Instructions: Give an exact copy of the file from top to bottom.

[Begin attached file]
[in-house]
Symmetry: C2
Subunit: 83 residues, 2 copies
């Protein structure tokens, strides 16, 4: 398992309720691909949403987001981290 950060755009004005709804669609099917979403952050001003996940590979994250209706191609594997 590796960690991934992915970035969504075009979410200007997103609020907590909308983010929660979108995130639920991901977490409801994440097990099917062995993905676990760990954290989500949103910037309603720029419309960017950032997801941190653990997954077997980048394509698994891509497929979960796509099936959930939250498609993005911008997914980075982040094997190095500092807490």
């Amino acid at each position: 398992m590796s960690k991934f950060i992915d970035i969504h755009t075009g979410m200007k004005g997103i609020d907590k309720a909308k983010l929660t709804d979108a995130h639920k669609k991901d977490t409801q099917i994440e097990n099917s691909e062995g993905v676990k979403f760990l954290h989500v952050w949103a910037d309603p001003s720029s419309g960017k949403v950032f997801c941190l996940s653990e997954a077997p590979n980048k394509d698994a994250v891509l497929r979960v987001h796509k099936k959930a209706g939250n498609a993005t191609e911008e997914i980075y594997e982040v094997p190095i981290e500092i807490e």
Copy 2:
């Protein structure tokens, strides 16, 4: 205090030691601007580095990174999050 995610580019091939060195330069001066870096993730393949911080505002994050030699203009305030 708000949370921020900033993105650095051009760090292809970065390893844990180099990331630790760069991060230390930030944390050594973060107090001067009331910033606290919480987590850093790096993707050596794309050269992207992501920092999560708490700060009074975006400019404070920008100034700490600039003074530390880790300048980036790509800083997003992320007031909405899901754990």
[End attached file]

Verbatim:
[in-house]
Symmetry: C2
Subunit: 83 residues, 2 copies
């Protein structure tokens, strides 16, 4: 398992309720691909949403987001981290 950060755009004005709804669609099917979403952050001003996940590979994250209706191609594997 590796960690991934992915970035969504075009979410200007997103609020907590909308983010929660979108995130639920991901977490409801994440097990099917062995993905676990760990954290989500949103910037309603720029419309960017950032997801941190653990997954077997980048394509698994891509497929979960796509099936959930939250498609993005911008997914980075982040094997190095500092807490």
């Amino acid at each position: 398992m590796s960690k991934f950060i992915d970035i969504h755009t075009g979410m200007k004005g997103i609020d907590k309720a909308k983010l929660t709804d979108a995130h639920k669609k991901d977490t409801q099917i994440e097990n099917s691909e062995g993905v676990k979403f760990l954290h989500v952050w949103a910037d309603p001003s720029s419309g960017k949403v950032f997801c941190l996940s653990e997954a077997p590979n980048k394509d698994a994250v891509l497929r979960v987001h796509k099936k959930a209706g939250n498609a993005t191609e911008e997914i980075y594997e982040v094997p190095i981290e500092i807490e």
Copy 2:
């Protein structure tokens, strides 16, 4: 205090030691601007580095990174999050 995610580019091939060195330069001066870096993730393949911080505002994050030699203009305030 708000949370921020900033993105650095051009760090292809970065390893844990180099990331630790760069991060230390930030944390050594973060107090001067009331910033606290919480987590850093790096993707050596794309050269992207992501920092999560708490700060009074975006400019404070920008100034700490600039003074530390880790300048980036790509800083997003992320007031909405899901754990």